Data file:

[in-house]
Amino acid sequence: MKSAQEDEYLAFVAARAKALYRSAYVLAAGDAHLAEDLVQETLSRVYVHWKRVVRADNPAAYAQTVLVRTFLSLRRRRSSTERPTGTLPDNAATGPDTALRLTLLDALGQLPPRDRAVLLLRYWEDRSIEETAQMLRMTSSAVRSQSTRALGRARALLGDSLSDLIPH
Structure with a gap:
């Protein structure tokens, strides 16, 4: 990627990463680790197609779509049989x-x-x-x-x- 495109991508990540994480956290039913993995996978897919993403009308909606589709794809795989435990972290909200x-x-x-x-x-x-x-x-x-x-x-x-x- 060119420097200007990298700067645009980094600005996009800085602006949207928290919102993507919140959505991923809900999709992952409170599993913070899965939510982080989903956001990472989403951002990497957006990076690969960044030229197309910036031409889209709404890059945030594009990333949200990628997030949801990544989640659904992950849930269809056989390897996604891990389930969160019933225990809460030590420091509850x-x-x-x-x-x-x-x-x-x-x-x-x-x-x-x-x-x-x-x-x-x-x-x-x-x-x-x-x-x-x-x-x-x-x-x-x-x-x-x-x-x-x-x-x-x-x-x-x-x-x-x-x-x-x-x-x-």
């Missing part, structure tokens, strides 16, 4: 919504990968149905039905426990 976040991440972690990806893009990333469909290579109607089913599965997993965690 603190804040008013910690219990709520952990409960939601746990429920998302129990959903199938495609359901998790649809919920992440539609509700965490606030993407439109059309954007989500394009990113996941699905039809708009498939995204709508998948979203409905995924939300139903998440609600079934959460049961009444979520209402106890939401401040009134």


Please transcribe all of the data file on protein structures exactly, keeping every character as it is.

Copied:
[in-house]
Amino acid sequence: MKSAQEDEYLAFVAARAKALYRSAYVLAAGDAHLAEDLVQETLSRVYVHWKRVVRADNPAAYAQTVLVRTFLSLRRRRSSTERPTGTLPDNAATGPDTALRLTLLDALGQLPPRDRAVLLLRYWEDRSIEETAQMLRMTSSAVRSQSTRALGRARALLGDSLSDLIPH
Structure with a gap:
């Protein structure tokens, strides 16, 4: 990627990463680790197609779509049989x-x-x-x-x- 495109991508990540994480956290039913993995996978897919993403009308909606589709794809795989435990972290909200x-x-x-x-x-x-x-x-x-x-x-x-x- 060119420097200007990298700067645009980094600005996009800085602006949207928290919102993507919140959505991923809900999709992952409170599993913070899965939510982080989903956001990472989403951002990497957006990076690969960044030229197309910036031409889209709404890059945030594009990333949200990628997030949801990544989640659904992950849930269809056989390897996604891990389930969160019933225990809460030590420091509850x-x-x-x-x-x-x-x-x-x-x-x-x-x-x-x-x-x-x-x-x-x-x-x-x-x-x-x-x-x-x-x-x-x-x-x-x-x-x-x-x-x-x-x-x-x-x-x-x-x-x-x-x-x-x-x-x-």
């Missing part, structure tokens, strides 16, 4: 919504990968149905039905426990 976040991440972690990806893009990333469909290579109607089913599965997993965690 603190804040008013910690219990709520952990409960939601746990429920998302129990959903199938495609359901998790649809919920992440539609509700965490606030993407439109059309954007989500394009990113996941699905039809708009498939995204709508998948979203409905995924939300139903998440609600079934959460049961009444979520209402106890939401401040009134």